Today, I test drove it and it was wonderful. I was so happy. Finally, my two-month search over. I made an offer. Here we go, it’s negotiation time. But when the sales rep left to tell the manager, I looked at the CARFAX: “Accident/Damage reported.”

In the movie of my life, that’s me looking at the sky yelling “nooooooooooooooooooooooo” to the heavens. Oh, how you torment me, god of used cars, teasing me, making me believe I’d found the Holy Grail of Volvo wagons. Tell me this isn’t happening.

It was too good to be true. I was so close.

Now I have to decide if I want to pick up the wagon tomorrow and bring it to a third-party for an inspection to see if the impact repair was extensive or not. Or, I can give up on it. It’s a rare wagon, so it’s not an easy decision. Decision? No, not one of those again. I hate them. Argh.

Anyone want to start a pool on when I’ll buy a used car? 2012 is a good bet.

Stay healthy.

How the LA Times drove me mad (or madder)

I am a huge advocate of newsapers. But when the LA Times Marketing department kept calling me, I kept hanging up.

They called at the worst times and it became a game of seeing how fast I could disconnect the call: Hi, LA Times-. Click. Hi, LA Tim-. Click. Hi, LA-. Click.

Then one weekday a newspaper appeared on my driveway – unusual, as I only subscribe to Sunday’s paper. I once received the paper daily until this little invention called the Internet came along.

It must be a mistake by the carrier, I thought. Then another paper fell from the sky, and so on. And into the trash they went, unread, as each one contained yesterday’s news that I’d already read on my computer the day before.

It must have been ordered by one of the operators I hung up on, I realized. Kudos to him or her for the practical joke, which I couldn’t help but appreciate. Respect. You got me. You got me good.

So, I called the LA Times to tell them to cancel the paper I never ordered. When the rep connected, she told me I was receiving the paper as gift from the LA Times for being a loyal subscriber. I told her I didn’t want it and to cancel it. please.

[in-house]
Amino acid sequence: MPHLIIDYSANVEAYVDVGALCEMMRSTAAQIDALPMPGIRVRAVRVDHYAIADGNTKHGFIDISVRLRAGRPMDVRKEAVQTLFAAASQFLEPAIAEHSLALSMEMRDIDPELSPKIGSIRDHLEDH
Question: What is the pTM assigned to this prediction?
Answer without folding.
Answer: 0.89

Like a computer that doesn’t understand a command, she couldn’t compute the input of me not wanting a free paper. Can’t compute, can’t compute. After five minutes of back and forth, she transferred me to another operator who had the authority to cancel my free paper.

The second operator did everything she could to convince me to the keep the free paper. As I don’t like to get mad at polite, hardworking people doing their job, I patiently told her to cancel it. She held her ground and stated all of the great reasons I should keep it, ignoring my logic, pleas and, eventually, my crying like a baby.

At this point, I’d spent 20 minutes of my life in newspaper hell. So, I decided to cancel my Sunday paid subscription, which glitched her computer programming and made her admit defeat in trying to save two orders. After 25 minutes of my life wasted, she canceled the free paper and Sunday’s paid subscription, which put me in the doghouse with my wife, as she uses the grocery coupons.

Now this happened over a week ago. And I expected it would take a few days for the cancellation order to happen. However, each day I walk outside and guess what’s there – a newspaper. And it stares at me and speaks directly into my feeble brain and says in a soothing voice: Hello, I’m here, and will be forever. You’ll never get rid of me. Enjoy me. Read me. Kiss me. Burn me. Or, roll me up nice and tight and use me to beat yourself in the head.

My advice: Never hang up on the LA Times. You’ll be sorry if you do. I am.